Maximum Principal Stress Theory – Theories of Elastic Failure – Strength of Materials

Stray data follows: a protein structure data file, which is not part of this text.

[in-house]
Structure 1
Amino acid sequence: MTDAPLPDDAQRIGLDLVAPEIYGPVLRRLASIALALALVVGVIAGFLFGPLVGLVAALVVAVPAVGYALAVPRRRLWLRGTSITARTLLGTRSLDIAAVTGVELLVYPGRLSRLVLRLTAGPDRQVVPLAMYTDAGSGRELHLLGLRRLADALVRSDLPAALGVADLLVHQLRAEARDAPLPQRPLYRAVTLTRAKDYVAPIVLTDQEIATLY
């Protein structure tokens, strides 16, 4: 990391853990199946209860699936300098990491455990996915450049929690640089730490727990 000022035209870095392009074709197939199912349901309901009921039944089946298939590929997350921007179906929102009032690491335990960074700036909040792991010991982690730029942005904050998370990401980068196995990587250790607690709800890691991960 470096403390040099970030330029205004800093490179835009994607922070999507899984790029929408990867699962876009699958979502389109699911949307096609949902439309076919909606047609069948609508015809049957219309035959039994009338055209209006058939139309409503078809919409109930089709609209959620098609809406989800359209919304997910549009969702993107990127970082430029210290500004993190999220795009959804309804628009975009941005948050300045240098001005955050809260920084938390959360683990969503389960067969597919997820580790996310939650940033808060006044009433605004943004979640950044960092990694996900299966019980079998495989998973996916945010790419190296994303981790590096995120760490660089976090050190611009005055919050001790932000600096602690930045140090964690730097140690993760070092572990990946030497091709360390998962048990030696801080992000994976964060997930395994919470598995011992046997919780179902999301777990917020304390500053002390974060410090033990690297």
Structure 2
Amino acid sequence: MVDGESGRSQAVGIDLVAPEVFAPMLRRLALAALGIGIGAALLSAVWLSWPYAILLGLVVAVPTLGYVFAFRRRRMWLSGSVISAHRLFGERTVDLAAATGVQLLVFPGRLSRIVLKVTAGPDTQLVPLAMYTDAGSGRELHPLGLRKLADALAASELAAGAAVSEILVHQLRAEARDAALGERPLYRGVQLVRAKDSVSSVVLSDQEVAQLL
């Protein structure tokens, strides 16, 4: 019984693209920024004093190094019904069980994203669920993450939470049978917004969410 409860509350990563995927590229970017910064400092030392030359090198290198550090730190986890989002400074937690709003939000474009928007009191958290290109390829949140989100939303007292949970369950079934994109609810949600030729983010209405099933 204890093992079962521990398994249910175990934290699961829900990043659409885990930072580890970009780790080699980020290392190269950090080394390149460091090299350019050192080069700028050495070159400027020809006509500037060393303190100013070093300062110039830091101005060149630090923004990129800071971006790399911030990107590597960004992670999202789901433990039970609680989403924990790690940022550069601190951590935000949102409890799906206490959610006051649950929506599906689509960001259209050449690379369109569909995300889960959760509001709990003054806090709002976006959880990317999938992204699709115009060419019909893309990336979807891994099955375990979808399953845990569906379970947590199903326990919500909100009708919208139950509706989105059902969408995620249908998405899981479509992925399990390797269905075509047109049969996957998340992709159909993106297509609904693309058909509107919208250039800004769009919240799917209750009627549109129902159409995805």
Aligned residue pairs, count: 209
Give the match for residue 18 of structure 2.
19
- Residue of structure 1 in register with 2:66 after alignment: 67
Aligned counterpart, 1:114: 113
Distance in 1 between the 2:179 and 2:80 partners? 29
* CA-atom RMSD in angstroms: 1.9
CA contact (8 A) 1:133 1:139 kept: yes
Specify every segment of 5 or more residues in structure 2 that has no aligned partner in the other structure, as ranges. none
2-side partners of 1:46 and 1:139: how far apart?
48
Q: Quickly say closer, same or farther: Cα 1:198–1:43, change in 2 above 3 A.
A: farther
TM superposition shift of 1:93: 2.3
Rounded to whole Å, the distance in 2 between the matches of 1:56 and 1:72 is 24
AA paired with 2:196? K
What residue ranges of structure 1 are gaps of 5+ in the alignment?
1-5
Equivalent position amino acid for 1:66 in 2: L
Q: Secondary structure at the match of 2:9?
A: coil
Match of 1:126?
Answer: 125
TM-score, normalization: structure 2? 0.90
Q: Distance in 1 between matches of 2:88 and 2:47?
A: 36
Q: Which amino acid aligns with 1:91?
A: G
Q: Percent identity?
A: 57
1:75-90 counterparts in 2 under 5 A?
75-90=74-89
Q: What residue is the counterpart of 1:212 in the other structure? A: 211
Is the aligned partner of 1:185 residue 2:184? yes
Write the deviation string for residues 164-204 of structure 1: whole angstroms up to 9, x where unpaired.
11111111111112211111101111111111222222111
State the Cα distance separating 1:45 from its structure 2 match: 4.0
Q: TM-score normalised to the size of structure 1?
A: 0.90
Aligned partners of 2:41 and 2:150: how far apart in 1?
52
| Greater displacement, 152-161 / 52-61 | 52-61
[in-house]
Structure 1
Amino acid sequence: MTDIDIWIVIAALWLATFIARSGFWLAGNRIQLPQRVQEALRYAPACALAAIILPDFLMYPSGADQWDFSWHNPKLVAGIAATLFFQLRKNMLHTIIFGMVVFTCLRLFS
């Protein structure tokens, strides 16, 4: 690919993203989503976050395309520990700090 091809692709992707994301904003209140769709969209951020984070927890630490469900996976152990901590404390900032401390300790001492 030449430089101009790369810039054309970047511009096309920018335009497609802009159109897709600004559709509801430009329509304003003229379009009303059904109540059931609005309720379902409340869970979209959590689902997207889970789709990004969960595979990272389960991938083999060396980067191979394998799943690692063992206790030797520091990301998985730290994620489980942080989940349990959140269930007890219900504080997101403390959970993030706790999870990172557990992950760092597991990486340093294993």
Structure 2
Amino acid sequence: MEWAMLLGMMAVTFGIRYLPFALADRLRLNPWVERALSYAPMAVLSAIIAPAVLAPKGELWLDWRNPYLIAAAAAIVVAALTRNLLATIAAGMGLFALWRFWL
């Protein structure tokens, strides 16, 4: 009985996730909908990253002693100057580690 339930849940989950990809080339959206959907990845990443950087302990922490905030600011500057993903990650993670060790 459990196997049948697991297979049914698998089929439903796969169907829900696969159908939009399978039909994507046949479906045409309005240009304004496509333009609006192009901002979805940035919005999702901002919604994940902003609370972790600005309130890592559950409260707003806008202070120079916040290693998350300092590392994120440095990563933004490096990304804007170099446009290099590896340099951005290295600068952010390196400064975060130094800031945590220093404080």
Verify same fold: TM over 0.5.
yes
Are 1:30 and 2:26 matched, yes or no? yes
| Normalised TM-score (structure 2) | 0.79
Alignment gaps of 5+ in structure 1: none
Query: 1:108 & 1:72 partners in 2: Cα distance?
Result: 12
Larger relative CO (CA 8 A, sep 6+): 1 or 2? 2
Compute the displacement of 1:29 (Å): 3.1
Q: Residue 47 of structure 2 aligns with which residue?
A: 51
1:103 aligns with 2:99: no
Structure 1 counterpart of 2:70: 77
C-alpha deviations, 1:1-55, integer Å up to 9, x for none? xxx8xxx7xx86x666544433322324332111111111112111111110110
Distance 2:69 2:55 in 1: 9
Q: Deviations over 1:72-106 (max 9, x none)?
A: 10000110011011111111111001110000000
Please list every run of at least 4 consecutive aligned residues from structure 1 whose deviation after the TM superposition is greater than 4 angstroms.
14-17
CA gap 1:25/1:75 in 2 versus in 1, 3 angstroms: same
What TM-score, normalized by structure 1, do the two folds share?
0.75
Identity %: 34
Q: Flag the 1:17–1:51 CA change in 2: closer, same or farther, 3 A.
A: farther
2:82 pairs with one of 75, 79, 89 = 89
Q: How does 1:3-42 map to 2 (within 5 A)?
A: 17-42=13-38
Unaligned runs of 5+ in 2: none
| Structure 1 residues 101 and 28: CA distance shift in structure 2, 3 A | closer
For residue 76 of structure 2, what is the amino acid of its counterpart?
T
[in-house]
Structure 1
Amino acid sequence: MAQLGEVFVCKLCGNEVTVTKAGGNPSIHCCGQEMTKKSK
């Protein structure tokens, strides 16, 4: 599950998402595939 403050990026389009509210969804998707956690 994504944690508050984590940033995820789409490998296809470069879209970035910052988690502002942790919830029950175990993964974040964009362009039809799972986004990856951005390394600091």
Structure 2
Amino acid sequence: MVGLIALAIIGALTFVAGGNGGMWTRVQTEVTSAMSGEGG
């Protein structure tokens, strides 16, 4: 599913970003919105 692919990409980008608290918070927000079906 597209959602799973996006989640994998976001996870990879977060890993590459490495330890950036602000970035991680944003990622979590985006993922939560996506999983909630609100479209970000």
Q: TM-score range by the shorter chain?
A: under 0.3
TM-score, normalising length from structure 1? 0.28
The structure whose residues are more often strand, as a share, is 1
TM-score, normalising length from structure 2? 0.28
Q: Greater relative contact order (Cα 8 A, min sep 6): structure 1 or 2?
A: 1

Hello friends here in this video we are going to see what is meant by Maximum Principle Stress Theory now maximum principle stress theory here it means that when we are talking about principle stress principle stresses are tensile stress and compressive stress so it means this theory basically deals with tensile or compressive stress and it states that here I write the statement of that now here I have written the statement for maximum principle stress theory it states that the failure of a material or a component will take place when the maximum value of stress exceeds the limiting value of stress now let us try to understand what is the meaning of this by drawing a diagram now here I draw two stress-strain graphs first the first one now here I have two different graphs the first graph which I have drawn it is for ductile materials and the second one which I have drawn it is for brittle materials now as we can see in the first graph that is for ductile materials when we are increasing the stress strain also increases and there is a point in this graph that is point D where we are having maximum value of stress now from this graph it is clear that after the maximum stress has been reached then there is a region from D to e in which even if the stress goes on decreasing the strain value increases and finally at Point E the material breaks so if in any material the value reaches the maximum value of stress then after that maximum value has been reached that material can break anywhere so the chances should be to avoid the material to operate in the maximum stress condition we have to reduce the working stress so that the material does not reach maximum stress so this is for brittle or ductile material next check it for brittle material brittle material as we know it fails without giving any prior warning so when we are increasing the stress value the strain increases and finally there is a point where the material breaks and at that point the stress is called as Sigma ultimate that is ultimate stress so as per the definition or the statement of maximum principle stress theory here we have written that it states that the failure of a material or a component will take place when the maximum value of stress exceeds the limiting value of stress the limiting value of stress is here the maximum stress and then if we are increasing the stress from this value that is point D has been reached then the material can fail anywhere similarly for brittle materials as we can see if the material has reached ultimate stress value then it can break anywhere so as per the maximum principle stress theory as per the maximum principle stress theory working stress or permissible stress for ductile materials is given by we need to reduce the value of working stress so that it does not go into the maximum stress condition and for that we have to use factor of safety that is the permissible stress I’ll write down Sigma permissible will be equal to since we are writing for ductile materials in case of ductile materials the maximum stress it is also called as yield stress Sigma suffix Y so it is yield stress upon factor of safety so therefore the permissible stress will become Sigma Y upon fos so it means if we can use this relation we can reduce the value of stress which is the working stress and the material will be it we can avoid the failure of that material next similarly working stress or permissible stress for brittle materials is given by the permissible stress for brittle materials the maximum stress at which the material breaks it is called as Sigma ultimate that is ultimate stress upon factor of safety which is Sigma ultimate upon fos and as we have seen in case of the maximum principle stress theory we are only using tensile and compressive stresses here we are not considering shear stresses and hence this theory it is used for brittle muddy mostly because they are stronger in shear as compared to the ductile materials